Amor Dei
354 Pages

Amor Dei


354 Pages


Amor Dei: A Study of the Religion of St. Augustine was first published as the Hulsean Lectures for 1938 when John Burnaby was a classics Fellow of Trinity College, Cambridge.



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Published 01 July 2007
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EAN13 9781725220096
Language English
Document size 26 MB

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Wipf and Stock Publishers 199 W 8th Ave, Suite 3 Eugene, OR 97401 Amor Dei A Study of the Religion of St. Augustine By Burnaby, John Copyright©1938 by Burnaby, John ISBN 13: 978-1-55635-501-1 ISBN 10: 1-55635-501-7 Publication date 5/22/2007 Previously published by Canterbury Press, 1938
Foreword to te 2007 Edition
  seventy years since Jon Burnaby launcedAmor Dei,and even I in te sixteen since I ad te satisfaction of waving from te quay as it set out on a second voyage, a great deal as canged in te navigation of Augustinian waters. Remarkably, tere are more autentic Augustinian texts in circulation tan Jon Burnaby could ave known: wole collec-tions of Sermons recovered from sources were tey lay unsuspected, and a remarkable collection of letters. Considerable strides ave been made in te istoriograpy of te late Roman Empire. A classic biograpy as appeared, reappeared, eld te field for a generation, and now been caugt up by rivals. he cronology of te Augustinian writings, wic in Burnaby’s day ad not advanced far beyond wat Augustine imself told us in teRetractations,as been extensively filled in. here are first-rate critical editions of works tat in te tirties could only be read in te seventeent century recensions of te Maurists. And wat is one to say of te new discussions? here ave been critiques from all approved points of view, feminist, postmodernist and watever; tere ave been constant arguments about te significance of is political tougt; tere ave been reappraisals of aspects of is doctrine wic ad been supposed uninteresting. Most strikingly, Augustine figures strongly in discussions of an unteological, even anti-teological nature. One tinks of recent works of moral pilosopy and of political teory tat ave devoted capters to evaluating is legacy. In tis most eclectic and diverse generation, were virtually noting is left tat everybody can be tougt to ave read, tere remain very few popular refrains. But “Augustine began it all!” is certainly one of tem. he reader seeking an a more or less up-to-date account of major temes and topics in Augustinian scolarsip is likely to turn first to te Encyclopedia,Augustine through the Ages,edited by Allen Fitzgerald (Grand Rapids, Eerdmans, 2001). But one of te few weaknesses of tat work is a lack of interest in scolars wo made Augustine accessible to earlier generations, and I can find no mention of Jon Burnaby in its iii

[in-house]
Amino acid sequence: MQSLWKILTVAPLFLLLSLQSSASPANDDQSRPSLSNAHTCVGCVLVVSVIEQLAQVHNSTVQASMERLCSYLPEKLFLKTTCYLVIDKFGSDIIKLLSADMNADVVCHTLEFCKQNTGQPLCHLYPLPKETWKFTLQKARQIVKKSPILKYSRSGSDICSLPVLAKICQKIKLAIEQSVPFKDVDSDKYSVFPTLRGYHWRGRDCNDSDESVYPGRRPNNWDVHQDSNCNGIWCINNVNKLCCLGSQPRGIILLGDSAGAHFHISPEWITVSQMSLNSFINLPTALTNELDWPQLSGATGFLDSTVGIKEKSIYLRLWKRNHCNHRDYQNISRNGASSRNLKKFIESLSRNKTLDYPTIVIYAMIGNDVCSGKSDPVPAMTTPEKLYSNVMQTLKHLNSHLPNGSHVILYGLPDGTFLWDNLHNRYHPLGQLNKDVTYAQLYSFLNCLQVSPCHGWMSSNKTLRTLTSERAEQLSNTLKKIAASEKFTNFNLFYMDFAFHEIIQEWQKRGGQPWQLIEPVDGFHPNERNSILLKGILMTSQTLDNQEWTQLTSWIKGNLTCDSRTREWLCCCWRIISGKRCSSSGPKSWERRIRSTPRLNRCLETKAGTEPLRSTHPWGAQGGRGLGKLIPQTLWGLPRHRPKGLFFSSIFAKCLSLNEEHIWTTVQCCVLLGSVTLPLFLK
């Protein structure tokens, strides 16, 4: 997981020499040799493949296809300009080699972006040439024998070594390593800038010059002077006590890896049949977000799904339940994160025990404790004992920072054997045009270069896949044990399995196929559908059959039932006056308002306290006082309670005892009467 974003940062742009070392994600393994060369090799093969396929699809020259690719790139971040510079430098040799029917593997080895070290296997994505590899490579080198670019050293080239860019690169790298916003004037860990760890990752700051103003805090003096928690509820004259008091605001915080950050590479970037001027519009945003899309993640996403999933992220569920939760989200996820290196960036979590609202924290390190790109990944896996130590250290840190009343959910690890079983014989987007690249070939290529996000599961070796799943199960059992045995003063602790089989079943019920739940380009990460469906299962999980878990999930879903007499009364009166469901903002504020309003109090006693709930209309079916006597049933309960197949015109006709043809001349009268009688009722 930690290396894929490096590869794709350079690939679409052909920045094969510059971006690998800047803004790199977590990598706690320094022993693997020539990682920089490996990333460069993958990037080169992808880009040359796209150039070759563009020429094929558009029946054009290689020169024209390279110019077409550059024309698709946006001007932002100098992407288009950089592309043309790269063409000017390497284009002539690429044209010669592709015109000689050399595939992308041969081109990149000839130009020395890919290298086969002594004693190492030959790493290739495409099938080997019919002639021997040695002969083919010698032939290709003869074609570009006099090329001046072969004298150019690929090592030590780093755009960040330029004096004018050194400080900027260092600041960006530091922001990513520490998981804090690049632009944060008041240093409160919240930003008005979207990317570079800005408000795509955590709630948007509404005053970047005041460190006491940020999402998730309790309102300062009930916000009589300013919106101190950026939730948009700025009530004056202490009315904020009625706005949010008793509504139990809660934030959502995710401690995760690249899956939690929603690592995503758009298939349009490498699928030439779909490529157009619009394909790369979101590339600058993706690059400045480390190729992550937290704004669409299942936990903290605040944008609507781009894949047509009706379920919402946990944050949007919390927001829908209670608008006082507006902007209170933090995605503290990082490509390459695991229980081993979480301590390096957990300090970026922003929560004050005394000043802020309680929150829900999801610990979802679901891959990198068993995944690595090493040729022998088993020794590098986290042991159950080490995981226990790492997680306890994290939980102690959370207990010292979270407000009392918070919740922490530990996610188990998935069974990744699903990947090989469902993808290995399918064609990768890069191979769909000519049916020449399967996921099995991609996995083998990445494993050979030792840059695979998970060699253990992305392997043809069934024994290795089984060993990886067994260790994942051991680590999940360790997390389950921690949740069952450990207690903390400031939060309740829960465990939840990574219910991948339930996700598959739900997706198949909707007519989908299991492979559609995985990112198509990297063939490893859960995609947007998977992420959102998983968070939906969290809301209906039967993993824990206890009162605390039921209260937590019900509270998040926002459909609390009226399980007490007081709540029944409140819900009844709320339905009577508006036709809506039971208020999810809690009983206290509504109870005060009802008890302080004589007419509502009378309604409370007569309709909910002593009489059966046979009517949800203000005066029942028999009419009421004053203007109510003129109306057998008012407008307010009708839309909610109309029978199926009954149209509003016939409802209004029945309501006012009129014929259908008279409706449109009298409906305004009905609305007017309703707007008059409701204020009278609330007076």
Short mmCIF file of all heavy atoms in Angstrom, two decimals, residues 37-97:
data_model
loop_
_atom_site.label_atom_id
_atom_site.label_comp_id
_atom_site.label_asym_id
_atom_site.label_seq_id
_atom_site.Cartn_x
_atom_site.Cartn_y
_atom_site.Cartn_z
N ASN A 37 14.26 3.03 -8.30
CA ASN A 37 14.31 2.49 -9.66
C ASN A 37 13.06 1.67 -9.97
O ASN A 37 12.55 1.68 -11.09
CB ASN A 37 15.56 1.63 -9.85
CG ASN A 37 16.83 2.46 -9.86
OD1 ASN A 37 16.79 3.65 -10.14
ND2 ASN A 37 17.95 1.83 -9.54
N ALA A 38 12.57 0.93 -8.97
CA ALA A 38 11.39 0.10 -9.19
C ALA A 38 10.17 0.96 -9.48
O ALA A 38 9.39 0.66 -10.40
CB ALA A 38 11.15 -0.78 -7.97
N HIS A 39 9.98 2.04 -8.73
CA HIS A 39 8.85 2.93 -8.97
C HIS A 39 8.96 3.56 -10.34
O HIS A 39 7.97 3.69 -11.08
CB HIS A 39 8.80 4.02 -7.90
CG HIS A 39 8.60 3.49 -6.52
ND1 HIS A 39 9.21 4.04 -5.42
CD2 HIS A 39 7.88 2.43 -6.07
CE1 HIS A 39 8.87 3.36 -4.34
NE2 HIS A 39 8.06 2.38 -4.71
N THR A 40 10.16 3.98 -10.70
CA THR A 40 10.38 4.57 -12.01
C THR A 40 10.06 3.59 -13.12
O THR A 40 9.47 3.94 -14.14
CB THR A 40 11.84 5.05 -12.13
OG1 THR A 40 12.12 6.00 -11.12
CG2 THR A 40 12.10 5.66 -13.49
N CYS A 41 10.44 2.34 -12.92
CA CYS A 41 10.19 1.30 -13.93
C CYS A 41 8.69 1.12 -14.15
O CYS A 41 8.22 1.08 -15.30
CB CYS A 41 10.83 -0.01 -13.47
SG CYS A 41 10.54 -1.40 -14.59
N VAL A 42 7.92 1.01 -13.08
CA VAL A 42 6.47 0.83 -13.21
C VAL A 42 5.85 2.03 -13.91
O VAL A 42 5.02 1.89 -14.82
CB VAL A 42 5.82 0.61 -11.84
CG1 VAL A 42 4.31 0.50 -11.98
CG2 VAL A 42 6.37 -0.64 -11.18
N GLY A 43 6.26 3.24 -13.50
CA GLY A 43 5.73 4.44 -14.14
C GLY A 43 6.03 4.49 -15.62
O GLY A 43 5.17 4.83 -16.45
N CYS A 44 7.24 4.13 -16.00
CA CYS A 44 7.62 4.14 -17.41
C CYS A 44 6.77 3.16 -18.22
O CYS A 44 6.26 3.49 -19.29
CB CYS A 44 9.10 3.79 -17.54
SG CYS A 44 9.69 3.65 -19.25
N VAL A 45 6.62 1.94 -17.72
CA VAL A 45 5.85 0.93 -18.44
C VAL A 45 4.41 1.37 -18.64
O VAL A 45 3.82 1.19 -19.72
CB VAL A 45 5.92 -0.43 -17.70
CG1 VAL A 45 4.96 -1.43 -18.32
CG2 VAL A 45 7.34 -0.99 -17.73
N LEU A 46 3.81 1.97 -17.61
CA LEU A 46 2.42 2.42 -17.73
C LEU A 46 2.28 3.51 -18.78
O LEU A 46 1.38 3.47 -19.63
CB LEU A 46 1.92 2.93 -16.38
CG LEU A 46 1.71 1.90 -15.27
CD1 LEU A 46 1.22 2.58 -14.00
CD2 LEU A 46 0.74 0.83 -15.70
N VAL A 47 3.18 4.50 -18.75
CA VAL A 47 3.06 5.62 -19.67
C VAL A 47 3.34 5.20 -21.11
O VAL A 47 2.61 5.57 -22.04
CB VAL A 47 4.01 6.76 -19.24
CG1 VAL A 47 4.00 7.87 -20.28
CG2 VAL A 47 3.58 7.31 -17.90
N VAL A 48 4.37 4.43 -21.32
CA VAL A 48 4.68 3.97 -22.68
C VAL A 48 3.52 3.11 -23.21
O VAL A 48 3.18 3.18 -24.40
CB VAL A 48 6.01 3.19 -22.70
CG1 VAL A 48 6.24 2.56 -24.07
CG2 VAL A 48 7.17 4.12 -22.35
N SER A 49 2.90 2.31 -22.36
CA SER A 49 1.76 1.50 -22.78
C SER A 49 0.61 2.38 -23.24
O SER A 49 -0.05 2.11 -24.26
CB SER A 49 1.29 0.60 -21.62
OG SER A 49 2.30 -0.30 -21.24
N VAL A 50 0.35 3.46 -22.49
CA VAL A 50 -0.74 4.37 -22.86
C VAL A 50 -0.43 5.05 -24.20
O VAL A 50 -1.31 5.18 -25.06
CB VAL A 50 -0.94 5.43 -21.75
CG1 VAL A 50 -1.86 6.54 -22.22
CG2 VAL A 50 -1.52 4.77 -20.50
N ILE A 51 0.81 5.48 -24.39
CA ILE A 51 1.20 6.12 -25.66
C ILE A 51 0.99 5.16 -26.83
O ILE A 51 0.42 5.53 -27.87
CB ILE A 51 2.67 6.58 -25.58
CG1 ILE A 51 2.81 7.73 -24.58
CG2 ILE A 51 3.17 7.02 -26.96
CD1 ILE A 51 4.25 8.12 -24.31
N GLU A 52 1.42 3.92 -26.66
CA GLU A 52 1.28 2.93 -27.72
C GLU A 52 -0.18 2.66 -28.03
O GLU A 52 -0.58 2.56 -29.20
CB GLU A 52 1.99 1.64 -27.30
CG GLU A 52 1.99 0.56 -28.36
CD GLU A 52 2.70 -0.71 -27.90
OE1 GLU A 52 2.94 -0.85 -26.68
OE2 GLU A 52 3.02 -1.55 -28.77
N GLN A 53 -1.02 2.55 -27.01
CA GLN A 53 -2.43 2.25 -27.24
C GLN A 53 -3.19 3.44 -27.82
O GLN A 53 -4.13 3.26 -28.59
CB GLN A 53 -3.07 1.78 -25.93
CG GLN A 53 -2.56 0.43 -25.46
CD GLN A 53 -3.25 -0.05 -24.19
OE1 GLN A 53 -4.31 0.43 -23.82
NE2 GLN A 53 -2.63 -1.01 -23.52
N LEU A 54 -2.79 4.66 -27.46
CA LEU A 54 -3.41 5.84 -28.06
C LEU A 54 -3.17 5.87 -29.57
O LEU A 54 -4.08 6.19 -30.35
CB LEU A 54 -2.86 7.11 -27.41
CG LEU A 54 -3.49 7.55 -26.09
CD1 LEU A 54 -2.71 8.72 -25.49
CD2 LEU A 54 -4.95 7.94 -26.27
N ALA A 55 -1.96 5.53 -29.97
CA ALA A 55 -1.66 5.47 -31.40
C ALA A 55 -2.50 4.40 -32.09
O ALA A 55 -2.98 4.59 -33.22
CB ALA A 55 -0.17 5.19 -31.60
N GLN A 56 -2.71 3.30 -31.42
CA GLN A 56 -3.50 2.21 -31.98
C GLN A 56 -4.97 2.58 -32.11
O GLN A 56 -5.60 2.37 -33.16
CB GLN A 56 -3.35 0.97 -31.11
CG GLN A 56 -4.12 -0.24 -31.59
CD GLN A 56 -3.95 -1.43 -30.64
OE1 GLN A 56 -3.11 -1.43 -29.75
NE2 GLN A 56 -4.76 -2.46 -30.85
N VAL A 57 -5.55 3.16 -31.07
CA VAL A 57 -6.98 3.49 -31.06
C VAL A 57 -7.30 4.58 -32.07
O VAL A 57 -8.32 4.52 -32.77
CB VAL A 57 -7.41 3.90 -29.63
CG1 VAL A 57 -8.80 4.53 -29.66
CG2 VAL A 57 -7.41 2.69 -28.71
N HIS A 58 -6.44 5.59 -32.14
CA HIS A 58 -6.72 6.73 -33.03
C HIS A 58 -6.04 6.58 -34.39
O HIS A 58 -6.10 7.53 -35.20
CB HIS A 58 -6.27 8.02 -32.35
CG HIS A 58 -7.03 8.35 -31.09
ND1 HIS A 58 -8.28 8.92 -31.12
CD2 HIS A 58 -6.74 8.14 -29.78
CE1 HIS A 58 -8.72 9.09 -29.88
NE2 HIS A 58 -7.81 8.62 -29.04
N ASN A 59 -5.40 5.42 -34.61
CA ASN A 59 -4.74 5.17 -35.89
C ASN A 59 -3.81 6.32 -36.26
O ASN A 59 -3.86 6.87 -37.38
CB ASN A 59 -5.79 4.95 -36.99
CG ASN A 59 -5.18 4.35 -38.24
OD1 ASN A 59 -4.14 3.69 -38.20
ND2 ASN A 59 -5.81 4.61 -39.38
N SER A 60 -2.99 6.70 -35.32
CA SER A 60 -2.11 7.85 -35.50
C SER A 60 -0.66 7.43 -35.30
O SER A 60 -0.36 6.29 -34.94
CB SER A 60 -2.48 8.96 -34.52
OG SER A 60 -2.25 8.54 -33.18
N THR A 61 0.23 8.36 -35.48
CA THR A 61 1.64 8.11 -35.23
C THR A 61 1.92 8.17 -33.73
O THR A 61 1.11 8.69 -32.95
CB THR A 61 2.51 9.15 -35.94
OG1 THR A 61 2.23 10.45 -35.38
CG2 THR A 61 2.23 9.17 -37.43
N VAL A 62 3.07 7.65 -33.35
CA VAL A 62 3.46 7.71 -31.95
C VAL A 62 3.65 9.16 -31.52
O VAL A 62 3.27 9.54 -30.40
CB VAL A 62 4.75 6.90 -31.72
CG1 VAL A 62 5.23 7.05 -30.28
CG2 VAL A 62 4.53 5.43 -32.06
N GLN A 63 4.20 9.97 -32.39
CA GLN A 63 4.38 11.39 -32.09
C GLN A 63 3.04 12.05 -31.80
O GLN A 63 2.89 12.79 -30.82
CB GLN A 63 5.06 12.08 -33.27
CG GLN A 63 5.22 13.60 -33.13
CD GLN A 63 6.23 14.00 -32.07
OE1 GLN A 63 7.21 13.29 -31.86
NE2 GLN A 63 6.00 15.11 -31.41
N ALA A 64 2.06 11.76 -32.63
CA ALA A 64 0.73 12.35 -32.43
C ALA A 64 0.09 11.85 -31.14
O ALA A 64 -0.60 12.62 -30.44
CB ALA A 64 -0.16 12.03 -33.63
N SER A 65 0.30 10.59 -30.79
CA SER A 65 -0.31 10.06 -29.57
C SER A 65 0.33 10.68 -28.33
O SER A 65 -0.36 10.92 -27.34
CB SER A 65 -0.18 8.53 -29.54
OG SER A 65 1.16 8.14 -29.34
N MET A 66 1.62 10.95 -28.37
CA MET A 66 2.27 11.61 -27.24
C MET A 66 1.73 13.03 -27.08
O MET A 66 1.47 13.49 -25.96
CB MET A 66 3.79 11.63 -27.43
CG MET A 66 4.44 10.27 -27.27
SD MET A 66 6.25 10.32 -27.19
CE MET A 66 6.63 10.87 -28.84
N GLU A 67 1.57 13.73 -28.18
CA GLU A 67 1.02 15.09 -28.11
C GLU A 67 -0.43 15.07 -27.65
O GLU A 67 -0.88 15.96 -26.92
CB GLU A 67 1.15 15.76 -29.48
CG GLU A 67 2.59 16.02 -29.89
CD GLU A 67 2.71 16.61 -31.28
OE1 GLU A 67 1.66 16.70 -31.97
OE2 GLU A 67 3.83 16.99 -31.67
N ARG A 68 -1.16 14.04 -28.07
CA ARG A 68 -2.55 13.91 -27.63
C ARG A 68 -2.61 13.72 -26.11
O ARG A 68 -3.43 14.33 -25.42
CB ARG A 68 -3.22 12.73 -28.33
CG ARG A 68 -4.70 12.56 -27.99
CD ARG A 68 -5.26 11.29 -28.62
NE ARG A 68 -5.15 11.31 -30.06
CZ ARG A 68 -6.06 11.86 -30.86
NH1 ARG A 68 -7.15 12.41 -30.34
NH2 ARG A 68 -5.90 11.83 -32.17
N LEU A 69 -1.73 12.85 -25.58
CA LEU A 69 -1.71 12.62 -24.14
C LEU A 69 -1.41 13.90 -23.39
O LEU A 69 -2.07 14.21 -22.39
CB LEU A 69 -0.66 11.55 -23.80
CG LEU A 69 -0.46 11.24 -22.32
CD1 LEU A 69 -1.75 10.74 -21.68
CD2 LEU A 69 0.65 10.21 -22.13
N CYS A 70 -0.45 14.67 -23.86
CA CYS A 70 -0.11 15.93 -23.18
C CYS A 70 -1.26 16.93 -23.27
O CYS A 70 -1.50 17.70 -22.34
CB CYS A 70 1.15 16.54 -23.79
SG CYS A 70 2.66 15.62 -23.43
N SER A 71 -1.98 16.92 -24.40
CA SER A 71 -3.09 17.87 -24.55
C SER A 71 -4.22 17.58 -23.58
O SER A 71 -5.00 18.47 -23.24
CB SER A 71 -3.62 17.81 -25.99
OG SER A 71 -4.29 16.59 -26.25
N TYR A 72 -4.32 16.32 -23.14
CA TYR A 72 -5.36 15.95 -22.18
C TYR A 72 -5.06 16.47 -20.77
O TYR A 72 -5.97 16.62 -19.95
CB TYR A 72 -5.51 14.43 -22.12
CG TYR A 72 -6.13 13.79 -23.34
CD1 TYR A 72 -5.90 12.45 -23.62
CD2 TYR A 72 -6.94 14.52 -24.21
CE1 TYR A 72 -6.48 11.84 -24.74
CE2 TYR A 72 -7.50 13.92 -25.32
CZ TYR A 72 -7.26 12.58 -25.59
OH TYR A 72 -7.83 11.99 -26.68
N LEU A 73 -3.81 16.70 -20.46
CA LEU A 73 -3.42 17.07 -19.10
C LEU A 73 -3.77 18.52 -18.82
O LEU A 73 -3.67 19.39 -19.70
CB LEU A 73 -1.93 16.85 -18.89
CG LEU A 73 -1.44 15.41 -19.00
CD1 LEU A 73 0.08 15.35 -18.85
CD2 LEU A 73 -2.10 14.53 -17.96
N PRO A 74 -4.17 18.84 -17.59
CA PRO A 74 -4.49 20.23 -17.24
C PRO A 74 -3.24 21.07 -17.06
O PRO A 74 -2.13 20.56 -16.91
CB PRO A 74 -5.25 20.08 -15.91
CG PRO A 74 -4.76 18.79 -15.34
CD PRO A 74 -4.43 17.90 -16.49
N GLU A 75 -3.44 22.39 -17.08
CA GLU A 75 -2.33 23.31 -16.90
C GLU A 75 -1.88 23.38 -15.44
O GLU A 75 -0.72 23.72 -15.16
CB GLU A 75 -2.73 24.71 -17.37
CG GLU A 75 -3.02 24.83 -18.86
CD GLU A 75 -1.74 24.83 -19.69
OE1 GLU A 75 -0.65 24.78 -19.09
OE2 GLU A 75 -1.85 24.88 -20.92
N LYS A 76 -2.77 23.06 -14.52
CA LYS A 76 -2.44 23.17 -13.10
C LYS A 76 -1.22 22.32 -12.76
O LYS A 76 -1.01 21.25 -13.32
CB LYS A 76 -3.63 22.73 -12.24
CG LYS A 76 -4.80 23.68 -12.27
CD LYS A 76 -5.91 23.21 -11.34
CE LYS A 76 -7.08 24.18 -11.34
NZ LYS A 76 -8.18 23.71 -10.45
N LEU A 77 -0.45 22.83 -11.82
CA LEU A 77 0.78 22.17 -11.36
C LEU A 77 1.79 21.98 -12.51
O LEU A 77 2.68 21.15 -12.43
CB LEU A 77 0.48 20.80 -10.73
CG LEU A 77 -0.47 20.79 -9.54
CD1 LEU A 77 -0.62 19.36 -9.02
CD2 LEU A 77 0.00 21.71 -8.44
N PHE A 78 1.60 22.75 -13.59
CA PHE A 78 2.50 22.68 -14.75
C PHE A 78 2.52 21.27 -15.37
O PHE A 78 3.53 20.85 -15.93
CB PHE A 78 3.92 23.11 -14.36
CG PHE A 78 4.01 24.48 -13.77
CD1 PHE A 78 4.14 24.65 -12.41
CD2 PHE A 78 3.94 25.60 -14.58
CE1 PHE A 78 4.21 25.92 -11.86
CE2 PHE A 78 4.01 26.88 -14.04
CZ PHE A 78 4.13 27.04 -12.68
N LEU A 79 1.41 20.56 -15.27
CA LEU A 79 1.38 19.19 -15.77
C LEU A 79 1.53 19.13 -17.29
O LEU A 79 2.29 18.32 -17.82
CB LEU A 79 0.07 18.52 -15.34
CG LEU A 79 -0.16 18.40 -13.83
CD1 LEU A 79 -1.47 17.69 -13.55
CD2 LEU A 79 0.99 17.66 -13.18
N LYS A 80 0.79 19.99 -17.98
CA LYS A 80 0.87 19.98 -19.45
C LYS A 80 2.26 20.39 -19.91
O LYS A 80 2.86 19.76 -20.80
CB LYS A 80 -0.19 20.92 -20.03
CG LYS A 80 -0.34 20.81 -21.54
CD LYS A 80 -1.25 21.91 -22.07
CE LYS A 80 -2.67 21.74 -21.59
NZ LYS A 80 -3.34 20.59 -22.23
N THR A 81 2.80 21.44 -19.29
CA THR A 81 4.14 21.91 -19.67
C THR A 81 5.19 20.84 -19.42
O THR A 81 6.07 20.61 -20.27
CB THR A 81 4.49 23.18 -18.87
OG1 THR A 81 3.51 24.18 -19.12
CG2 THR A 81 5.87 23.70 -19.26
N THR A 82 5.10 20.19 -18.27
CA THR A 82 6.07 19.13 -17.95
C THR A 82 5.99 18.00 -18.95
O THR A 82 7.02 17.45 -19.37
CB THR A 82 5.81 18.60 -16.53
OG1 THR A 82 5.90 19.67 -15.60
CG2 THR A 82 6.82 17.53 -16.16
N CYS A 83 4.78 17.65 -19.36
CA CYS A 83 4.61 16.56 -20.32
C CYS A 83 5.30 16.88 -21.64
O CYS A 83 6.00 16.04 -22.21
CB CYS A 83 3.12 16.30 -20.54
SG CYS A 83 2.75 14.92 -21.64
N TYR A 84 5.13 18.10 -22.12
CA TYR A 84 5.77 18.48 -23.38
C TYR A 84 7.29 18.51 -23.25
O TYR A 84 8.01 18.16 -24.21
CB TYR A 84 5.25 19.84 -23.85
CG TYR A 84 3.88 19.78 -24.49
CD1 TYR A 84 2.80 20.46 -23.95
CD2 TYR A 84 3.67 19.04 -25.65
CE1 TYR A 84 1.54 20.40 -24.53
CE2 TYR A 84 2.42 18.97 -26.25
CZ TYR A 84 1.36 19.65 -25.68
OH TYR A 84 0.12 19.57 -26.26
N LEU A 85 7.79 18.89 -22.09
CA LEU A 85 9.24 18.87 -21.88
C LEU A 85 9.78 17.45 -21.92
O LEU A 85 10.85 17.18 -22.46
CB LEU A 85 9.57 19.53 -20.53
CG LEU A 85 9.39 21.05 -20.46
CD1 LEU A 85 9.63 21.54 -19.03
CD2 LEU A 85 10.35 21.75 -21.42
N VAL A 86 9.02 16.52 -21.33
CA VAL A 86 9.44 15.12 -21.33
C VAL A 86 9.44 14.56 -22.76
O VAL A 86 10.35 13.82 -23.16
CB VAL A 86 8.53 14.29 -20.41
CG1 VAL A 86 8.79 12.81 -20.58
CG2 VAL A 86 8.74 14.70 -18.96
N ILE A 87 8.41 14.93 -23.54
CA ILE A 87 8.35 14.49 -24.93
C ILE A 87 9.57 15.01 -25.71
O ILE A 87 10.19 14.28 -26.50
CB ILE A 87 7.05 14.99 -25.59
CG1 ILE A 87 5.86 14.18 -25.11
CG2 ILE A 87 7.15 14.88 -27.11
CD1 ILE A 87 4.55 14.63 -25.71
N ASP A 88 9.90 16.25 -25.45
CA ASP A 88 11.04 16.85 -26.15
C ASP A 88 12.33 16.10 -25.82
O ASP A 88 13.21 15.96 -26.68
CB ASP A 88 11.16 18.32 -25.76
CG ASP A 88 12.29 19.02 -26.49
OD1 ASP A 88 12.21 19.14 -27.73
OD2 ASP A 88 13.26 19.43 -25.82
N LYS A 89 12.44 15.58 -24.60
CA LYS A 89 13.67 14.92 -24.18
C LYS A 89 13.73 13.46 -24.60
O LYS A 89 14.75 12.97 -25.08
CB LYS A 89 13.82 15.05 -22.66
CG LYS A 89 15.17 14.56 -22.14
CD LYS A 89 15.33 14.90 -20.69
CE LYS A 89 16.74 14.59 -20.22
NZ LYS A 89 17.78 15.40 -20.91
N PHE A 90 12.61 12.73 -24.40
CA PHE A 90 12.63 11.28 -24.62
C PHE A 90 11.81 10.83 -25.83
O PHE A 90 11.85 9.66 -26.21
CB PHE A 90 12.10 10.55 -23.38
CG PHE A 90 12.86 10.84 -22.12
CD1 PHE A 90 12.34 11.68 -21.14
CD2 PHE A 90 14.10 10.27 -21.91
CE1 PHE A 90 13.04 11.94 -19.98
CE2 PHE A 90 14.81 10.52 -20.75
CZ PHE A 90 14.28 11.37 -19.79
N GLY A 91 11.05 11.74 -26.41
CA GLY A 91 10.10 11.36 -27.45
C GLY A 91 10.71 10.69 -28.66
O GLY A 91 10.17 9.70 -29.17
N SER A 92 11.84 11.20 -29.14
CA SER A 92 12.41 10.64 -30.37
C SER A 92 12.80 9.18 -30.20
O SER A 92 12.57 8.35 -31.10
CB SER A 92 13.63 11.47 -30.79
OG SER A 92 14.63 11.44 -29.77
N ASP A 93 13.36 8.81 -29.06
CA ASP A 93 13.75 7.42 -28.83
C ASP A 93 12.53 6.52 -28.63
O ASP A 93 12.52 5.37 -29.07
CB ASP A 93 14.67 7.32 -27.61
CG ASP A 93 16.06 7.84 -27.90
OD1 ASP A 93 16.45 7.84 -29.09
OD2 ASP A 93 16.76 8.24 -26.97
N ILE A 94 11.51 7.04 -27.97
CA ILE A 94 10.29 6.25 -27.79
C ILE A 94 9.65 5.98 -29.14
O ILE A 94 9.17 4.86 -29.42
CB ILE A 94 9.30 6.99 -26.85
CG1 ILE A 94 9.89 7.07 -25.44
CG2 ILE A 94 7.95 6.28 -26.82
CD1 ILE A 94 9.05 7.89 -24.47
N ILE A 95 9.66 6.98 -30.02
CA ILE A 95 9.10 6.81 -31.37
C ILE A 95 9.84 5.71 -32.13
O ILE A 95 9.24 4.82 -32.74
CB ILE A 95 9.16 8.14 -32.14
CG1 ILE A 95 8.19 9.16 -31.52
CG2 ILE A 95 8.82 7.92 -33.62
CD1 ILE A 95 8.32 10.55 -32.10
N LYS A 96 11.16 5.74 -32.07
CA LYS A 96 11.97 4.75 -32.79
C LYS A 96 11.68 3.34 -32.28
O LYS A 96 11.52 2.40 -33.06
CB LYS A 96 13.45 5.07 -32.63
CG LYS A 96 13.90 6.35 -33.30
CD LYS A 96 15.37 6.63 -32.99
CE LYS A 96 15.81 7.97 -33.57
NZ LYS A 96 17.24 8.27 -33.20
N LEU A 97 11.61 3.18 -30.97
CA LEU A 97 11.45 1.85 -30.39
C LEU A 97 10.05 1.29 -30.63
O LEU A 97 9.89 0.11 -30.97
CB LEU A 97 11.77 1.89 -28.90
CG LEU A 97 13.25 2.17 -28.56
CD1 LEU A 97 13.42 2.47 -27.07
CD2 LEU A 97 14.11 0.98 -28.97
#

pages. Yet I run into is name fairly frequently elsewere, in a widely eclectic range of writings. Scolars and tinkers are still turning toAmor Deiit matters to tem to find an autoritative exposition of te wen central core of Augustine’s reflection on te relations of God and man. In wat Jon Burnaby set out to accomplis in is Hulsean Lectures, e as not been superseded.
Oliver O’Donovan New College, Edinburg